Zero-trust frameworks comprise multiple security elements, and one of those elements is the network. It is responsible for creating the physical and logical perimeter that separates the trusted infrastructure from untrusted devices and end users.
Network connectivity includes the LAN, wireless LAN, WAN and all remote access connectivity. The proper procedures, controls and technology must be put in place within each of these network segments to safely manage application and data access.
Let's look at a few ways network and security teams can accomplish zero trust within an enterprise network.
1. Identify users and devices
The first step in building a zero-trust network is to identify who is attempting to connect to the network. Most organizations use one or more types of identity and access management tools to accomplish this goal. Users or autonomous devices must prove who or what they are, using authentication methods such as a password or multifactor authentication. For end users, it's important that this process be simple, seamless and uniform, no matter where, when and how they are connecting.
2. Set up access controls and microsegmentation
Once a zero-trust framework successfully identifies a user or device, it must have controls in place to grant application, file and service access to only what is absolutely required. Depending on the technology used, access control can be completely based on user identity, or it can incorporate some form of network segmentation in addition to user and device identification. This is known as microsegmentation, which is used to create highly granular and secure subsets within a network where the user or device can connect and access only the resources and services it needs.
Microsegmentation is great from a security perspective because it significantly reduces negative effects on an infrastructure if a compromise occurs. Next-generation firewalls are the most common technology used to create and control microsegmentations within a corporate network. These firewalls offer network visibility all the way to the application layer of the OSI model, or Layer 7. Thus, teams can build and manage logical access policy around each application that runs over the network.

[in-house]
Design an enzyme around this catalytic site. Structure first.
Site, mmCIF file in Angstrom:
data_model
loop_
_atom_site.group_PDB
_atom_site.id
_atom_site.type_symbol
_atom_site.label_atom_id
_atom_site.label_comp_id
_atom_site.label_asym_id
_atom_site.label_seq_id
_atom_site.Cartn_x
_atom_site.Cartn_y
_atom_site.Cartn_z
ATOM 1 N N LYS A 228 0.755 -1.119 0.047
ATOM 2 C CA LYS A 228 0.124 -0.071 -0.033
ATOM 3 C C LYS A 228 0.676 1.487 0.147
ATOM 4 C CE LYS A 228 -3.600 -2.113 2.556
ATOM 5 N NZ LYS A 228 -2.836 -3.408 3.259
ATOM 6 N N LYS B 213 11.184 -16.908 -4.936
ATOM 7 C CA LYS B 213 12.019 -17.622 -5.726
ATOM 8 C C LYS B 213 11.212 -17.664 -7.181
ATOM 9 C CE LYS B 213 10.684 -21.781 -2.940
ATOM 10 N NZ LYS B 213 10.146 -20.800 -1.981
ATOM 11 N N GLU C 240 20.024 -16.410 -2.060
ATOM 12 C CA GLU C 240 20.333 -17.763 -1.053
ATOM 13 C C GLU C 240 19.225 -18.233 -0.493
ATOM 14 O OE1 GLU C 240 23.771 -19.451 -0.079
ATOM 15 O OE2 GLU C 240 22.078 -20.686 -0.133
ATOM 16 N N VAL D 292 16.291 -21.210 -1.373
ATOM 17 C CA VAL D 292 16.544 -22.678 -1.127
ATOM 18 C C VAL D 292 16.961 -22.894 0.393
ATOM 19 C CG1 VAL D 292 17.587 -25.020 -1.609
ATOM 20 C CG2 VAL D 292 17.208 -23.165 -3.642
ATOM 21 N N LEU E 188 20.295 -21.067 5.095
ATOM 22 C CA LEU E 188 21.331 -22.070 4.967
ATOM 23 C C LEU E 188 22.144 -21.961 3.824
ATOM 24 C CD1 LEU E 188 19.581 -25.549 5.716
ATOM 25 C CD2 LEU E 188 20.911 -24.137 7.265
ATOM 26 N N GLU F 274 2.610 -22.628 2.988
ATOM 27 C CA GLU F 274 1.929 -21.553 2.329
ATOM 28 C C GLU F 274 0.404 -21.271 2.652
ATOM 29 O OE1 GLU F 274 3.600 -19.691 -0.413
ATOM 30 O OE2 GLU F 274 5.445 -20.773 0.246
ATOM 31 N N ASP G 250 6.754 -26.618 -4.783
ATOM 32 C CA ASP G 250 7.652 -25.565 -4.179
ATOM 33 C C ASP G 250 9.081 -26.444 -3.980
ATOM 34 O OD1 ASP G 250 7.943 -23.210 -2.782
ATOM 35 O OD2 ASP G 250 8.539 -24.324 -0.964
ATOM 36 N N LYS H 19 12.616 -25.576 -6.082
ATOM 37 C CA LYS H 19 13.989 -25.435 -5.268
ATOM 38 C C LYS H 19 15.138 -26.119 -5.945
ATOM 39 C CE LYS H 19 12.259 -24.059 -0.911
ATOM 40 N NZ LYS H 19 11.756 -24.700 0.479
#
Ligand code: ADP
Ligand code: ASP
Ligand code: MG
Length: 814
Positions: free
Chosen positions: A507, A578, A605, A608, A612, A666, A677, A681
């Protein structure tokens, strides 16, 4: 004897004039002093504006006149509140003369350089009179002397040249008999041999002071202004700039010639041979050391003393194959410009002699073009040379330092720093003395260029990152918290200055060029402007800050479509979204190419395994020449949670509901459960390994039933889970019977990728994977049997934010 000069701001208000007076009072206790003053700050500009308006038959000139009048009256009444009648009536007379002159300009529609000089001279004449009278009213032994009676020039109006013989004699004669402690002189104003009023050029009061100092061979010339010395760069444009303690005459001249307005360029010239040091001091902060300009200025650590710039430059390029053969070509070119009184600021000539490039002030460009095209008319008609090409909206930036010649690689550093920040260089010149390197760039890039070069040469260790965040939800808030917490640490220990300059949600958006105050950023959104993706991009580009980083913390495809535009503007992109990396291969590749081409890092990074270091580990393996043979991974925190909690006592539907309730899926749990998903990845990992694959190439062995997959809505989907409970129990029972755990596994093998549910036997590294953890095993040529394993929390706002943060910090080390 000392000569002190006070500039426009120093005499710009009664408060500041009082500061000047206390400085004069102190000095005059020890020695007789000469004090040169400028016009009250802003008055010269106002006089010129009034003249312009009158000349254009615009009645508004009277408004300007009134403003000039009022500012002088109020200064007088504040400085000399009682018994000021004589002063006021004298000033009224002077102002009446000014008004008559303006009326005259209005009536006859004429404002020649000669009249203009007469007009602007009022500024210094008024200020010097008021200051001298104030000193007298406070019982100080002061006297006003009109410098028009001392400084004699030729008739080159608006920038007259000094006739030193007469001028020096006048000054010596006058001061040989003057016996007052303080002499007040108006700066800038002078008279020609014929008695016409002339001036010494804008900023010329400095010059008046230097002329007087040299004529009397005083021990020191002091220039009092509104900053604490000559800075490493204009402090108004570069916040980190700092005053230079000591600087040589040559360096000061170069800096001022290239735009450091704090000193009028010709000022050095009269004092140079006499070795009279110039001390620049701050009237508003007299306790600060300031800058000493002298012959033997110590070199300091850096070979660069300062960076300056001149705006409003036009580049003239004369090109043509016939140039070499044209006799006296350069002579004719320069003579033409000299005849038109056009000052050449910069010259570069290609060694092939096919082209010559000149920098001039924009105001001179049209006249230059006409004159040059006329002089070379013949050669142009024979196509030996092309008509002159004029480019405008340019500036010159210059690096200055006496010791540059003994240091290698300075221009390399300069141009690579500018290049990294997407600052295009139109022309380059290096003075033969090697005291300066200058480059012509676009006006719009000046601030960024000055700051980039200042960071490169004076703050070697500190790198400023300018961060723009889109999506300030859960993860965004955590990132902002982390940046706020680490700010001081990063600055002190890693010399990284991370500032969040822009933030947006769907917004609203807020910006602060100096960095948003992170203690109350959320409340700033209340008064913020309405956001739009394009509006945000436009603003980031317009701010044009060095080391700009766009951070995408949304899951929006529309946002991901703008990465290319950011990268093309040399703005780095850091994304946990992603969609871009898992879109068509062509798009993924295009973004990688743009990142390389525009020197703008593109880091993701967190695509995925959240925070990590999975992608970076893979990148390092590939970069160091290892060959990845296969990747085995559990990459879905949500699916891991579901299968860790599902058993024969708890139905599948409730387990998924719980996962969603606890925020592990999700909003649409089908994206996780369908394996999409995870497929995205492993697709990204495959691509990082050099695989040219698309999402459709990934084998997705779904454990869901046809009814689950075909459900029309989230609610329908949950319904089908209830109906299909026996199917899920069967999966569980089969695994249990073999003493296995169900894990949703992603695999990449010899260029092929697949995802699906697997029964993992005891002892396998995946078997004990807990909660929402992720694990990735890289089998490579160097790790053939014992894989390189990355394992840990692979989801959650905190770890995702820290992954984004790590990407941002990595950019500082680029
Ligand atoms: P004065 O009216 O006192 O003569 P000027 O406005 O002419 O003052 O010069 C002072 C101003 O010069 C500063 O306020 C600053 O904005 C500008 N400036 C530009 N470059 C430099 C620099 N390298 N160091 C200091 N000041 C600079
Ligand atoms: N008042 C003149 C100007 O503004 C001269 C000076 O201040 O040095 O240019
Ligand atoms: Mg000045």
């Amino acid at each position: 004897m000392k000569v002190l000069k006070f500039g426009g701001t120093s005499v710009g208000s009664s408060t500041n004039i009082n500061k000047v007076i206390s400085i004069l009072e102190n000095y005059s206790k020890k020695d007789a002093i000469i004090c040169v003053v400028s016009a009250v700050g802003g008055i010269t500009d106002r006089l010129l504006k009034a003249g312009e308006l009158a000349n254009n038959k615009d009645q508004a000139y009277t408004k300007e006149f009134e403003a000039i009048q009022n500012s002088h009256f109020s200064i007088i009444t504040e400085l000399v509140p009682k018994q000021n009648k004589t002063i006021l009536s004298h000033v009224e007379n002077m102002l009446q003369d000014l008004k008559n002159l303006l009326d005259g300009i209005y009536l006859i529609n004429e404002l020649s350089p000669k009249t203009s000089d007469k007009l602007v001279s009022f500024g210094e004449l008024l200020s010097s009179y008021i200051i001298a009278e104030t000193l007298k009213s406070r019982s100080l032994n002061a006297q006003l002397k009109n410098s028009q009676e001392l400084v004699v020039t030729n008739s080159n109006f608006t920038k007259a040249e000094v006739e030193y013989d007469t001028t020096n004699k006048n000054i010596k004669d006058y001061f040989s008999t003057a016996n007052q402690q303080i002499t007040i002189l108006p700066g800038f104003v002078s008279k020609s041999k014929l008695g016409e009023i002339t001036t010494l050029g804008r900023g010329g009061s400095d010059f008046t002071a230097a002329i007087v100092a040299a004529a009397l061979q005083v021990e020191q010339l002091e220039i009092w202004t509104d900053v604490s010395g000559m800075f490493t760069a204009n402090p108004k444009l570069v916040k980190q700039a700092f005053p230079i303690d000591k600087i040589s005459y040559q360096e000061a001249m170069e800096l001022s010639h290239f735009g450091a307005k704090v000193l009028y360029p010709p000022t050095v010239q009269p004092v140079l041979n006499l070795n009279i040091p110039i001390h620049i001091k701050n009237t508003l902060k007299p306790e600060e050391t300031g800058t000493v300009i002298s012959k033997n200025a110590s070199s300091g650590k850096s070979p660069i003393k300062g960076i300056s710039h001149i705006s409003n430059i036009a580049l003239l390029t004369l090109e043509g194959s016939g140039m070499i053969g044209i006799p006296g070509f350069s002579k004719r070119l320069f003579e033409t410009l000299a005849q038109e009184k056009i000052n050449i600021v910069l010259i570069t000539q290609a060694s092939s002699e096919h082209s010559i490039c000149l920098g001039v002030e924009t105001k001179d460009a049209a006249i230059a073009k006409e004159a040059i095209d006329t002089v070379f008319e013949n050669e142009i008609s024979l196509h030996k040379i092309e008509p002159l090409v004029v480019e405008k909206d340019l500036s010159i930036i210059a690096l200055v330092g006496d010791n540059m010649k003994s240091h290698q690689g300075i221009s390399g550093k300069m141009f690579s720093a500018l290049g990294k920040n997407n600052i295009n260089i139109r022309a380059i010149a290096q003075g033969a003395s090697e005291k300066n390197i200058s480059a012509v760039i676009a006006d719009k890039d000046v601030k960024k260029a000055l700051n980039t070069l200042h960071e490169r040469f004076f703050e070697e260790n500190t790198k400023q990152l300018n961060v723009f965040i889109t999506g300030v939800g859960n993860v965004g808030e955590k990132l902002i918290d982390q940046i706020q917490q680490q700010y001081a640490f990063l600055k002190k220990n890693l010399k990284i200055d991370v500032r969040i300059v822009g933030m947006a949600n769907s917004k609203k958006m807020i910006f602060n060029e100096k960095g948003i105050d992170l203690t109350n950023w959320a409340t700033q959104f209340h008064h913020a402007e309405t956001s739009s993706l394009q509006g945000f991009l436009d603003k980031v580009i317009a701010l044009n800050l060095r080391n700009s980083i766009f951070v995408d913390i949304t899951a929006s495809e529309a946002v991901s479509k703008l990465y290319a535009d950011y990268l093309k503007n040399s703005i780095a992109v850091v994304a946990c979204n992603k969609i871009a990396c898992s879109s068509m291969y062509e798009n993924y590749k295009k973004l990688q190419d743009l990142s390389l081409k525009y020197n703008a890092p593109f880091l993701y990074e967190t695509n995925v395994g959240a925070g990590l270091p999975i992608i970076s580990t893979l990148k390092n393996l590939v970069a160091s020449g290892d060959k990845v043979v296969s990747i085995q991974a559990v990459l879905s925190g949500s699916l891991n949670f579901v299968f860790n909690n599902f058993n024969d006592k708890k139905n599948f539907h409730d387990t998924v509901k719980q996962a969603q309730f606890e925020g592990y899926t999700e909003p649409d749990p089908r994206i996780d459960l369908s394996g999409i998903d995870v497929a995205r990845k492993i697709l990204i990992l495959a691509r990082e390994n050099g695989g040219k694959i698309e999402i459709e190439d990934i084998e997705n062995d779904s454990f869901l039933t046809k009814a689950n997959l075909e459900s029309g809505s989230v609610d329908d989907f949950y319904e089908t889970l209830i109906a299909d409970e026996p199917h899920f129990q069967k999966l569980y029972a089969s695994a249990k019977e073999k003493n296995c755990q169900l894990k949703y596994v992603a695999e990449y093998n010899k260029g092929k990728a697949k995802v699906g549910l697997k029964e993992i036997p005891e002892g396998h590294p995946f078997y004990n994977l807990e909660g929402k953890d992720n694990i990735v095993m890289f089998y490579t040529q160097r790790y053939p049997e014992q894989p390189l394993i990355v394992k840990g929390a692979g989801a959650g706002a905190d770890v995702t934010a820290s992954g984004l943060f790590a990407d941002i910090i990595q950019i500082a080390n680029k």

3. Deploy continuous network monitoring
Proper monitoring of device behavior is another aspect of a zero-trust network. Once access is granted, teams should deploy tools that continuously monitor a device's behavior on the network. Knowing who or what the user or device is talking to and at what frequency can help determine whether things are operating normally -- or if some sort of malicious behavior is occurring. Modern tools, such as network detection and response or AI for IT operations platforms, can assist with network monitoring using AI, machine learning and data analysis.
4. Consider remote access
Remote access is an increasingly important part of any corporate network infrastructure. Legacy remote access VPN connectivity has proven cumbersome and inefficient in an era of hybrid cloud computing. Additionally, VPN access controls enabled far too much network access than what enterprises needed, turning remote access into a major security risk over the years.
To remedy this problem, suppliers have released new remote access methods and services to bring remote connectivity back in line with a zero-trust methodology. The benefits of these remote access methods include the following:
- improved authentication;
- the ability to microsegment all remote access users;
- increased visibility, monitoring and logging; and
- the ability to centrally control all access, both on premises and in the cloud.
While enterprises still require remote access VPNs for secure connectivity, VPNs are drastically changing to meet the changing needs of an organization.
Who should manage a zero-trust network?
When enterprise IT organizations begin looking at how to build zero trust within their infrastructure, the first question they often ask is: Who should manage the zero-trust network components? This isn't an easy question to answer because much of the answer has to do with how the IT department is structured -- and who is more capable of handling certain tasks.
Security teams should develop and maintain the overall zero-trust architecture. That said, network teams should deploy and manage certain parts of the framework, such as network tools and services. The reason for this is the network team likely has more experience configuring and managing the network tools that make up the zero-trust network, including network switches, routers, firewalls, remote access VPN and network monitoring tools. While these roles and tasks may fall into the hands of the network team, it's important that the security team perform regular audits to ensure the network properly adheres to all processes that make up the entire zero-trust framework.